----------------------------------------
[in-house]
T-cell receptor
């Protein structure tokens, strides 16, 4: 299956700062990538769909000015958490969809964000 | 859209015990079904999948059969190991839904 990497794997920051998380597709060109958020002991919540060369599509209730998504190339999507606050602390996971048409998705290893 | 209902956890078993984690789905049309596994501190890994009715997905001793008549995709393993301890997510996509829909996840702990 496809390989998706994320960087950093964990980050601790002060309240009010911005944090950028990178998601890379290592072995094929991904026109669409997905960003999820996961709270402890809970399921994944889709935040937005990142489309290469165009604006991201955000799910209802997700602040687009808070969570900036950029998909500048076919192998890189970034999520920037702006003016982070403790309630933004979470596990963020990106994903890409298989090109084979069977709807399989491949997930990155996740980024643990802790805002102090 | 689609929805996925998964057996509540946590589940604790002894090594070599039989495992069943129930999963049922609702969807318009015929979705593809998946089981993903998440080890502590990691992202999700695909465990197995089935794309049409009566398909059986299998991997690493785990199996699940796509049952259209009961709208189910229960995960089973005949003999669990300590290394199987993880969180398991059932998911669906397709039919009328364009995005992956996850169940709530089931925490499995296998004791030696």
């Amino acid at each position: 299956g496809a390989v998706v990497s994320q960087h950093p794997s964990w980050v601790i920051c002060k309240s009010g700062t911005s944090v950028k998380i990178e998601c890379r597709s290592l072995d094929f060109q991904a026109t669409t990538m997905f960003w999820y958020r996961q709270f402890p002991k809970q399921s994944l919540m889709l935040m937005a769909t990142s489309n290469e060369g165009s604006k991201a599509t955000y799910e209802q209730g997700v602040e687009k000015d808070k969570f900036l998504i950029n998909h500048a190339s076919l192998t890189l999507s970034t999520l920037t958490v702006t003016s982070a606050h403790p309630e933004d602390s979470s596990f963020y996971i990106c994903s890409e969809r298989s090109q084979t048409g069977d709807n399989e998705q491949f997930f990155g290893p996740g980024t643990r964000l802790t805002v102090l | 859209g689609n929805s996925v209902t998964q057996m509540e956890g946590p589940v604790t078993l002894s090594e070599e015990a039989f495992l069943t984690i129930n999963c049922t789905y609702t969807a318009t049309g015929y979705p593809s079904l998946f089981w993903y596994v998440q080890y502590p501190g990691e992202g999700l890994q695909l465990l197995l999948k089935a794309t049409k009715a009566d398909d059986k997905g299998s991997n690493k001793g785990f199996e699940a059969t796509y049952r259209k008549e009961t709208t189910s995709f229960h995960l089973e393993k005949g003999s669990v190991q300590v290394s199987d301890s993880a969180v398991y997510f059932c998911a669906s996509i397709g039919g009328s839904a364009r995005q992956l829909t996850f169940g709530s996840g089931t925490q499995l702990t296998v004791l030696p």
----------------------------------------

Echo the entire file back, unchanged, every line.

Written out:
[in-house]
T-cell receptor
């Protein structure tokens, strides 16, 4: 299956700062990538769909000015958490969809964000 | 859209015990079904999948059969190991839904 990497794997920051998380597709060109958020002991919540060369599509209730998504190339999507606050602390996971048409998705290893 | 209902956890078993984690789905049309596994501190890994009715997905001793008549995709393993301890997510996509829909996840702990 496809390989998706994320960087950093964990980050601790002060309240009010911005944090950028990178998601890379290592072995094929991904026109669409997905960003999820996961709270402890809970399921994944889709935040937005990142489309290469165009604006991201955000799910209802997700602040687009808070969570900036950029998909500048076919192998890189970034999520920037702006003016982070403790309630933004979470596990963020990106994903890409298989090109084979069977709807399989491949997930990155996740980024643990802790805002102090 | 689609929805996925998964057996509540946590589940604790002894090594070599039989495992069943129930999963049922609702969807318009015929979705593809998946089981993903998440080890502590990691992202999700695909465990197995089935794309049409009566398909059986299998991997690493785990199996699940796509049952259209009961709208189910229960995960089973005949003999669990300590290394199987993880969180398991059932998911669906397709039919009328364009995005992956996850169940709530089931925490499995296998004791030696």
């Amino acid at each position: 299956g496809a390989v998706v990497s994320q960087h950093p794997s964990w980050v601790i920051c002060k309240s009010g700062t911005s944090v950028k998380i990178e998601c890379r597709s290592l072995d094929f060109q991904a026109t669409t990538m997905f960003w999820y958020r996961q709270f402890p002991k809970q399921s994944l919540m889709l935040m937005a769909t990142s489309n290469e060369g165009s604006k991201a599509t955000y799910e209802q209730g997700v602040e687009k000015d808070k969570f900036l998504i950029n998909h500048a190339s076919l192998t890189l999507s970034t999520l920037t958490v702006t003016s982070a606050h403790p309630e933004d602390s979470s596990f963020y996971i990106c994903s890409e969809r298989s090109q084979t048409g069977d709807n399989e998705q491949f997930f990155g290893p996740g980024t643990r964000l802790t805002v102090l | 859209g689609n929805s996925v209902t998964q057996m509540e956890g946590p589940v604790t078993l002894s090594e070599e015990a039989f495992l069943t984690i129930n999963c049922t789905y609702t969807a318009t049309g015929y979705p593809s079904l998946f089981w993903y596994v998440q080890y502590p501190g990691e992202g999700l890994q695909l465990l197995l999948k089935a794309t049409k009715a009566d398909d059986k997905g299998s991997n690493k001793g785990f199996e699940a059969t796509y049952r259209k008549e009961t709208t189910s995709f229960h995960l089973e393993k005949g003999s669990v190991q300590v290394s199987d301890s993880a969180v398991y997510f059932c998911a669906s996509i397709g039919g009328s839904a364009r995005q992956l829909t996850f169940g709530s996840g089931t925490q499995l702990t296998v004791l030696p």